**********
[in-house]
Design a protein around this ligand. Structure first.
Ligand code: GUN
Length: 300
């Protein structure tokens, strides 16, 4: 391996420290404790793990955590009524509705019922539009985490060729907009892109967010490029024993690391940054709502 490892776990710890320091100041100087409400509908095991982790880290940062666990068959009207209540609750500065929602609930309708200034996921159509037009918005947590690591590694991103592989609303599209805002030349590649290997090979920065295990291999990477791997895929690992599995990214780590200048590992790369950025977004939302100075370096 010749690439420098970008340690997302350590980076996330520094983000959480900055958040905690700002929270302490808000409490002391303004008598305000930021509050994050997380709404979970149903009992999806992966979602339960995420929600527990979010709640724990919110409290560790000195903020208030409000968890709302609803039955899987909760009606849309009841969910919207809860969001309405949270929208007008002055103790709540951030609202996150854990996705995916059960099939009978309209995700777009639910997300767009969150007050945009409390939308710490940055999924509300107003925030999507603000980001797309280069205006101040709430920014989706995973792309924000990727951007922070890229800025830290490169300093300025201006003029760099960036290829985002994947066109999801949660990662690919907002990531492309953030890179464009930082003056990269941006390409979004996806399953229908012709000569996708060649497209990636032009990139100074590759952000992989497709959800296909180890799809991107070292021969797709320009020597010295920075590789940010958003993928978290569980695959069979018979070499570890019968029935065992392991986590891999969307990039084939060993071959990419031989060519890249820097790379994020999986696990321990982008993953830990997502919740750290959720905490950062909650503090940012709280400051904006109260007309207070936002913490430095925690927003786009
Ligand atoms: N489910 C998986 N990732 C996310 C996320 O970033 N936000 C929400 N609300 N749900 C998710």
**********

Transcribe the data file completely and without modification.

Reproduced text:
[in-house]
Design a protein around this ligand. Structure first.
Ligand code: GUN
Length: 300
């Protein structure tokens, strides 16, 4: 391996420290404790793990955590009524509705019922539009985490060729907009892109967010490029024993690391940054709502 490892776990710890320091100041100087409400509908095991982790880290940062666990068959009207209540609750500065929602609930309708200034996921159509037009918005947590690591590694991103592989609303599209805002030349590649290997090979920065295990291999990477791997895929690992599995990214780590200048590992790369950025977004939302100075370096 010749690439420098970008340690997302350590980076996330520094983000959480900055958040905690700002929270302490808000409490002391303004008598305000930021509050994050997380709404979970149903009992999806992966979602339960995420929600527990979010709640724990919110409290560790000195903020208030409000968890709302609803039955899987909760009606849309009841969910919207809860969001309405949270929208007008002055103790709540951030609202996150854990996705995916059960099939009978309209995700777009639910997300767009969150007050945009409390939308710490940055999924509300107003925030999507603000980001797309280069205006101040709430920014989706995973792309924000990727951007922070890229800025830290490169300093300025201006003029760099960036290829985002994947066109999801949660990662690919907002990531492309953030890179464009930082003056990269941006390409979004996806399953229908012709000569996708060649497209990636032009990139100074590759952000992989497709959800296909180890799809991107070292021969797709320009020597010295920075590789940010958003993928978290569980695959069979018979070499570890019968029935065992392991986590891999969307990039084939060993071959990419031989060519890249820097790379994020999986696990321990982008993953830990997502919740750290959720905490950062909650503090940012709280400051904006109260007309207070936002913490430095925690927003786009
Ligand atoms: N489910 C998986 N990732 C996310 C996320 O970033 N936000 C929400 N609300 N749900 C998710």